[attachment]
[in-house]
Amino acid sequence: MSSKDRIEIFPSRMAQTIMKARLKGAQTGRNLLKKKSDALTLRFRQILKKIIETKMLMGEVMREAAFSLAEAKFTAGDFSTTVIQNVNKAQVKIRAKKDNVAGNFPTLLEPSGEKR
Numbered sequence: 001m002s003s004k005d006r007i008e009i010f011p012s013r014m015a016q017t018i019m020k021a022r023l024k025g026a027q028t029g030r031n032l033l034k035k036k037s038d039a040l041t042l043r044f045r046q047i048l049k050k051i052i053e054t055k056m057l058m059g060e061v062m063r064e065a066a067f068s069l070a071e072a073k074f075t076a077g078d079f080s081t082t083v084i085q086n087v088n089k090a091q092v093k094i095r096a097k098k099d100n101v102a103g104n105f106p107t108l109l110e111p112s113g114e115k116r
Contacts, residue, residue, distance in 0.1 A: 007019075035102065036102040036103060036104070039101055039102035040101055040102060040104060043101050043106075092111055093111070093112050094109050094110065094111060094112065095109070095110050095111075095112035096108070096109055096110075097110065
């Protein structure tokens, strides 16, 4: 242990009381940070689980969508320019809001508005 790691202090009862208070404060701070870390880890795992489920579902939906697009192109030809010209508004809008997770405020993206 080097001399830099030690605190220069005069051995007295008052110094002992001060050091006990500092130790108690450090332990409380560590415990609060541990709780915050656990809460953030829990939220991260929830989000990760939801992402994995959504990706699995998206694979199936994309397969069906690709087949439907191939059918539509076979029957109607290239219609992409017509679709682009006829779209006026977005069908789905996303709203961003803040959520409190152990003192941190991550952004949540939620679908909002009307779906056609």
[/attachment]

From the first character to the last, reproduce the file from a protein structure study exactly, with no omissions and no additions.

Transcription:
[in-house]
Amino acid sequence: MSSKDRIEIFPSRMAQTIMKARLKGAQTGRNLLKKKSDALTLRFRQILKKIIETKMLMGEVMREAAFSLAEAKFTAGDFSTTVIQNVNKAQVKIRAKKDNVAGNFPTLLEPSGEKR
Numbered sequence: 001m002s003s004k005d006r007i008e009i010f011p012s013r014m015a016q017t018i019m020k021a022r023l024k025g026a027q028t029g030r031n032l033l034k035k036k037s038d039a040l041t042l043r044f045r046q047i048l049k050k051i052i053e054t055k056m057l058m059g060e061v062m063r064e065a066a067f068s069l070a071e072a073k074f075t076a077g078d079f080s081t082t083v084i085q086n087v088n089k090a091q092v093k094i095r096a097k098k099d100n101v102a103g104n105f106p107t108l109l110e111p112s113g114e115k116r
Contacts, residue, residue, distance in 0.1 A: 007019075035102065036102040036103060036104070039101055039102035040101055040102060040104060043101050043106075092111055093111070093112050094109050094110065094111060094112065095109070095110050095111075095112035096108070096109055096110075097110065
């Protein structure tokens, strides 16, 4: 242990009381940070689980969508320019809001508005 790691202090009862208070404060701070870390880890795992489920579902939906697009192109030809010209508004809008997770405020993206 080097001399830099030690605190220069005069051995007295008052110094002992001060050091006990500092130790108690450090332990409380560590415990609060541990709780915050656990809460953030829990939220991260929830989000990760939801992402994995959504990706699995998206694979199936994309397969069906690709087949439907191939059918539509076979029957109607290239219609992409017509679709682009006829779209006026977005069908789905996303709203961003803040959520409190152990003192941190991550952004949540939620679908909002009307779906056609």